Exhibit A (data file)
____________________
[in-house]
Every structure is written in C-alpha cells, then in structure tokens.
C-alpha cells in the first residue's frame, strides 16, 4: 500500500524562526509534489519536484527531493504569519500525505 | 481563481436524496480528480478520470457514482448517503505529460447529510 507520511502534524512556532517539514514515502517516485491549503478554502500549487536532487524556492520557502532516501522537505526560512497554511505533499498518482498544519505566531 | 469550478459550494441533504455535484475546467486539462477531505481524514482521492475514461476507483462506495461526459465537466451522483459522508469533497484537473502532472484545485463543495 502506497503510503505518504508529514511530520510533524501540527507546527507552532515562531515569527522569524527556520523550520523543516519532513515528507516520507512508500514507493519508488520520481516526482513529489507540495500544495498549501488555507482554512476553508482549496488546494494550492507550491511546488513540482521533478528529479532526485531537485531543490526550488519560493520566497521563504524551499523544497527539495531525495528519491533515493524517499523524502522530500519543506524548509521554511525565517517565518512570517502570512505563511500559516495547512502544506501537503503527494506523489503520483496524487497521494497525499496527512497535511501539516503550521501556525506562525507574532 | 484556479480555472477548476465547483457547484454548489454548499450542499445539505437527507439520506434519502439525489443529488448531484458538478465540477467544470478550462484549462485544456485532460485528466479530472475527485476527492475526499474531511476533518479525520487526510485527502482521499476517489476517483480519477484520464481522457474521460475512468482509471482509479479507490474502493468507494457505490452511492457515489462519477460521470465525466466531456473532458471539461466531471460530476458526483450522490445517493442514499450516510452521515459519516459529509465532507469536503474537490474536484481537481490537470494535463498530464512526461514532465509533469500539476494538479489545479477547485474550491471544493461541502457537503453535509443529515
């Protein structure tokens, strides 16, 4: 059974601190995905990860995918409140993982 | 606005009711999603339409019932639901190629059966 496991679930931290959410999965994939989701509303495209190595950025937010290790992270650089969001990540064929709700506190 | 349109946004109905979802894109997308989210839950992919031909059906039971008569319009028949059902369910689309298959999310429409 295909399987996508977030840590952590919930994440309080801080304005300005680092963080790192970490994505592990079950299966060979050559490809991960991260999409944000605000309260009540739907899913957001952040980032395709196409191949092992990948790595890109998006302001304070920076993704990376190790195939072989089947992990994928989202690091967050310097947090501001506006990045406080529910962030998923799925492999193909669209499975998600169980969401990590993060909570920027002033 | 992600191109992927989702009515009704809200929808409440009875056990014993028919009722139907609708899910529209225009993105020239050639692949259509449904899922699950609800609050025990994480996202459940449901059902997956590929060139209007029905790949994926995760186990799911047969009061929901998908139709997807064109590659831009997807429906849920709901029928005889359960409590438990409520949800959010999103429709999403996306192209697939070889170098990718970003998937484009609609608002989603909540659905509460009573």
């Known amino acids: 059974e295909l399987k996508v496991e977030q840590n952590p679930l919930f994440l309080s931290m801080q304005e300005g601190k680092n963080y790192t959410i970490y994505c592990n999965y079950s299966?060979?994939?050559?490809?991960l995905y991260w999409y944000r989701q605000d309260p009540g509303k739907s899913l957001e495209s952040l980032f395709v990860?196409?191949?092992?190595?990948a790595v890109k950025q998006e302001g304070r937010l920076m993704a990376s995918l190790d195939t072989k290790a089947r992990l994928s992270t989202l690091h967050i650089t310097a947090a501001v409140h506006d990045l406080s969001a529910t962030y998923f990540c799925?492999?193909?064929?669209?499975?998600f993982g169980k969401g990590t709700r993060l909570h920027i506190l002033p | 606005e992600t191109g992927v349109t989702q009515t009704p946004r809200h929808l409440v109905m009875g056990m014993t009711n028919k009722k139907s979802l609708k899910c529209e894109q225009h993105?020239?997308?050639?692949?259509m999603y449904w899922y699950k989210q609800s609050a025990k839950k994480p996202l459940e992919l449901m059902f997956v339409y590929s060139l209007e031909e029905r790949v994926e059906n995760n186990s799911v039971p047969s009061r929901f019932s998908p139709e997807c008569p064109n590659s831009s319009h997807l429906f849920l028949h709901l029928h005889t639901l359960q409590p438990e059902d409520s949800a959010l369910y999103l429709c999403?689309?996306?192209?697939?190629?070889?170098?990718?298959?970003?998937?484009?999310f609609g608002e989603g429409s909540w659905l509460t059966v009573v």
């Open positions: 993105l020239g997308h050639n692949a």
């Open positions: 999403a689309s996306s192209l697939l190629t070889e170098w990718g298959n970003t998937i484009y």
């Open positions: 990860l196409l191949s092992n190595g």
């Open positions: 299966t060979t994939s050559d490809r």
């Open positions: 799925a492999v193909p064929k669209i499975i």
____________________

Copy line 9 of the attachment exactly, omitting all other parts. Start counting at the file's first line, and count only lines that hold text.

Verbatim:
């Open positions: 299966t060979t994939s050559d490809r």